region of the Greater St. Louis
Greater St. Louis
metropolitan area. It is famous for its limestone bluffs along the river north of the city, for its role preceding and during the American Civil War, and as the hometown of jazz musician Miles Davis
Miles Davis
and Robert Wadlow, the tallest known person in history. It was the site of the last Abraham Lincoln and Stephen Douglas
Stephen Douglas
debate in October 1858
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Free People Of Color
The term free people of color (French: gens de couleur libres), in the context of the history of slavery in the Americas, at first specifically referred to people of mixed African and European descent who were not enslaved. The term was especially used in the French colonies, including La Louisiane and settlements on Caribbean
Caribbean
islands, such as Saint-Domingue
Saint-Domingue
(Haiti), Guadeloupe, and Martinique. Freed African slaves were included in the term affranchis, but historically they were considered as distinct from the free people of color. In these territories and major cities, particularly New Orleans, and those cities held by the Spanish, a substantial third class of primarily mixed-race, free people developed
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American Revolution
The American Revolution
Revolution
was a colonial revolt that took place between 1765 and 1783. The American Patriots in the Thirteen Colonies
Thirteen Colonies
won independence from Great Britain, becoming the United States
United States
of America. They defeated the British in the American Revolutionary War in alliance with France and others. Members of American colonial society argued the position of "no taxation without representation", starting with the Stamp Act Congress in 1765. They rejected the authority of the British Parliament to tax them because they lacked members in that governing body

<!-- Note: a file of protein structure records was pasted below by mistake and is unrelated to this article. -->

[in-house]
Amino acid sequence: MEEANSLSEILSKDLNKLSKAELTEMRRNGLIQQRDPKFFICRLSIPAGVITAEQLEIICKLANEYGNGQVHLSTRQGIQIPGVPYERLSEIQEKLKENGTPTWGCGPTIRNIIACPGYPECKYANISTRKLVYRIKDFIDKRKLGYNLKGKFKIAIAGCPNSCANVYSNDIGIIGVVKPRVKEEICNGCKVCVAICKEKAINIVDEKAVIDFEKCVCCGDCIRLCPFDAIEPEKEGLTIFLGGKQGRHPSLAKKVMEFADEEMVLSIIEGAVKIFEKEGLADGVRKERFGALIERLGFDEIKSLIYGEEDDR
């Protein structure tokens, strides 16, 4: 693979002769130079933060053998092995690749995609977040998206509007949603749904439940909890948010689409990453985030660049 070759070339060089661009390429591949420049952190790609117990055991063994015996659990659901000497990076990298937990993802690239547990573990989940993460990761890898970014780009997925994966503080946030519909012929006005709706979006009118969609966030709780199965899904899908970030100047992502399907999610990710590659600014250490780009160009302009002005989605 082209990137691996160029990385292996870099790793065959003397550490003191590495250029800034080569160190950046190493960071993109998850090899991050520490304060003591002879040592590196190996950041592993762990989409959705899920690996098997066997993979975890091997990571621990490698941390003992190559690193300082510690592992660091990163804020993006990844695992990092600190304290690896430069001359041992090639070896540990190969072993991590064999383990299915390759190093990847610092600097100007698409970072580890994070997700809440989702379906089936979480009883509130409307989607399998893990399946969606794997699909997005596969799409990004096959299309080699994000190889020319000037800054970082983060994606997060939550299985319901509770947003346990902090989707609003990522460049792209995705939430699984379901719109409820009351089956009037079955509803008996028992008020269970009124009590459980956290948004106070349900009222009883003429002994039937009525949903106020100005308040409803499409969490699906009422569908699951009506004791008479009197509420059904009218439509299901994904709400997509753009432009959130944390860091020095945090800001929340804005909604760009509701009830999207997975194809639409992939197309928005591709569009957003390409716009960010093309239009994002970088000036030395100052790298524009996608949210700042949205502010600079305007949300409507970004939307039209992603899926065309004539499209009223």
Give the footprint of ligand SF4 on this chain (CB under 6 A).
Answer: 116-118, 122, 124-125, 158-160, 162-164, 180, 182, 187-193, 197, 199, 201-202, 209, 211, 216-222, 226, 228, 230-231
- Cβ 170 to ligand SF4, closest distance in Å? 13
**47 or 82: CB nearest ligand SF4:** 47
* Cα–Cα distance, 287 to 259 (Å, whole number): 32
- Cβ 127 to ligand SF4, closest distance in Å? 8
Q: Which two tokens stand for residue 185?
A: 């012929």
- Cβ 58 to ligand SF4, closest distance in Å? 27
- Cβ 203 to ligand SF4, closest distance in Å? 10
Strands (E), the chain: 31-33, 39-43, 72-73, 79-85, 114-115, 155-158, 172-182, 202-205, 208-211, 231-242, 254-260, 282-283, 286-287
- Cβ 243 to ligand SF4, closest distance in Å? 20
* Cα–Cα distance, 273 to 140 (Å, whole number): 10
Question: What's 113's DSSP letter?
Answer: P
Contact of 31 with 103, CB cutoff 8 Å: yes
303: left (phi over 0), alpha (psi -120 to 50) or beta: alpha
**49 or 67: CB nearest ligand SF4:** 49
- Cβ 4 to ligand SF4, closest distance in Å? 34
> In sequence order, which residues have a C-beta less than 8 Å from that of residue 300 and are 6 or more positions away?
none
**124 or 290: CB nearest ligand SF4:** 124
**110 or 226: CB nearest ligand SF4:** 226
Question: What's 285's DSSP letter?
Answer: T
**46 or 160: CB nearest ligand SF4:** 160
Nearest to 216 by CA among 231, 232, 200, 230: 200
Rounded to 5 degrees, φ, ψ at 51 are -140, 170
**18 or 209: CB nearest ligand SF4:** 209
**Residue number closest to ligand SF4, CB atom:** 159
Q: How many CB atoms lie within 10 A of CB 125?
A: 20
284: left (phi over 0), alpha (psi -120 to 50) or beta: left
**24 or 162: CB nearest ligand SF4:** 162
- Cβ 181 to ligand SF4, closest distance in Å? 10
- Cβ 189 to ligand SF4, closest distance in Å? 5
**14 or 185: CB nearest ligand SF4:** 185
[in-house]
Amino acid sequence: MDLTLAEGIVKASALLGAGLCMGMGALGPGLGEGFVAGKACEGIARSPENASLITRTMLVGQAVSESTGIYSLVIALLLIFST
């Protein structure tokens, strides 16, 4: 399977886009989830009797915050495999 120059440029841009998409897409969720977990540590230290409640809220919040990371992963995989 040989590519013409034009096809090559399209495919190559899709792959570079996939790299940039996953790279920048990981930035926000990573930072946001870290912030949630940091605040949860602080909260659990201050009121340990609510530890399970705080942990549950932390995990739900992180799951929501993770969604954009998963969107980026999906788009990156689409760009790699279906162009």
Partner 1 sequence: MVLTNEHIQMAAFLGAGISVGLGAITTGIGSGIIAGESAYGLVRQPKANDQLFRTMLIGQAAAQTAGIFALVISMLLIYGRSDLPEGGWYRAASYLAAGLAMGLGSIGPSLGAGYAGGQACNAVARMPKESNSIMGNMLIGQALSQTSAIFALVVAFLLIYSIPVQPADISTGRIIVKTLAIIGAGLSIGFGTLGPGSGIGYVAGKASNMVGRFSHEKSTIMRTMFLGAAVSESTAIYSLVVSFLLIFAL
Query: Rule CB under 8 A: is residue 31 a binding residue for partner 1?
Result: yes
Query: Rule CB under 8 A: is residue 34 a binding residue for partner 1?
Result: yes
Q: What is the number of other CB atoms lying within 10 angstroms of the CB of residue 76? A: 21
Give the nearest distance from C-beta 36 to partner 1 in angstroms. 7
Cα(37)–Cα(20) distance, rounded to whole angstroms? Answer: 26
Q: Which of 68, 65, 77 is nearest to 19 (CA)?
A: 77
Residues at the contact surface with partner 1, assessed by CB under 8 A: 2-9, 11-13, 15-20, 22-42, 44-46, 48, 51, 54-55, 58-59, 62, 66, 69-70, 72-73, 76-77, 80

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Toledo, Ohio
Toledo (/təˈliːdoʊ/) is a city in and the county seat of Lucas County, Ohio, United States.[6] Toledo is in northwest Ohio, at the western end of Lake Erie
Lake Erie
bordering the state of Michigan. The city was founded by United States
United States
citizens in 1833 on the west bank of the Maumee River, and originally incorporated as part of Monroe County, Michigan
Michigan
Territory. It was re-founded in 1837, after conclusion of the Toledo War, when it was incorporated in Ohio. After the 1845 completion of the Miami and Erie Canal, Toledo grew quickly; it also benefited from its position on the railway line between New York City
City
and Chicago. The first of many glass manufacturers arrived in the 1880s, eventually earning Toledo its nickname: "The Glass City"
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Ohio
Ohio
Ohio
/oʊˈhaɪ.oʊ/ ( listen) is a Midwestern state in the Great Lakes region
Great Lakes region
of the United States. Ohio
Ohio
is the 34th largest by area, the 7th most populous, and the 10th most densely populated of the 50 United States. The state's capital and largest city is Columbus. The state takes its name from the Ohio
Ohio
River
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Albuquerque, New Mexico
Albuquerque (/ˈælbəˌkɜːrki/ ( listen) AL-bə-kur-kee; in Navajo
Navajo
Beeʼeldííl Dahsinil, pronounced [pèːʔèltíːl tɑ̀xsɪ̀nɪ̀l], Arawageeki in Keres; Vakêêke in Jemez Towa; Gołgéeki in Jicarilla Apache) is the most populous city in the U.S. state of New Mexico. The city serves as the county seat of Bernalillo County,[5] and it is situated in the north central part of the state, straddling the Rio Grande. The city population is 559,277 as of the July 1, 2016 population estimate from the United States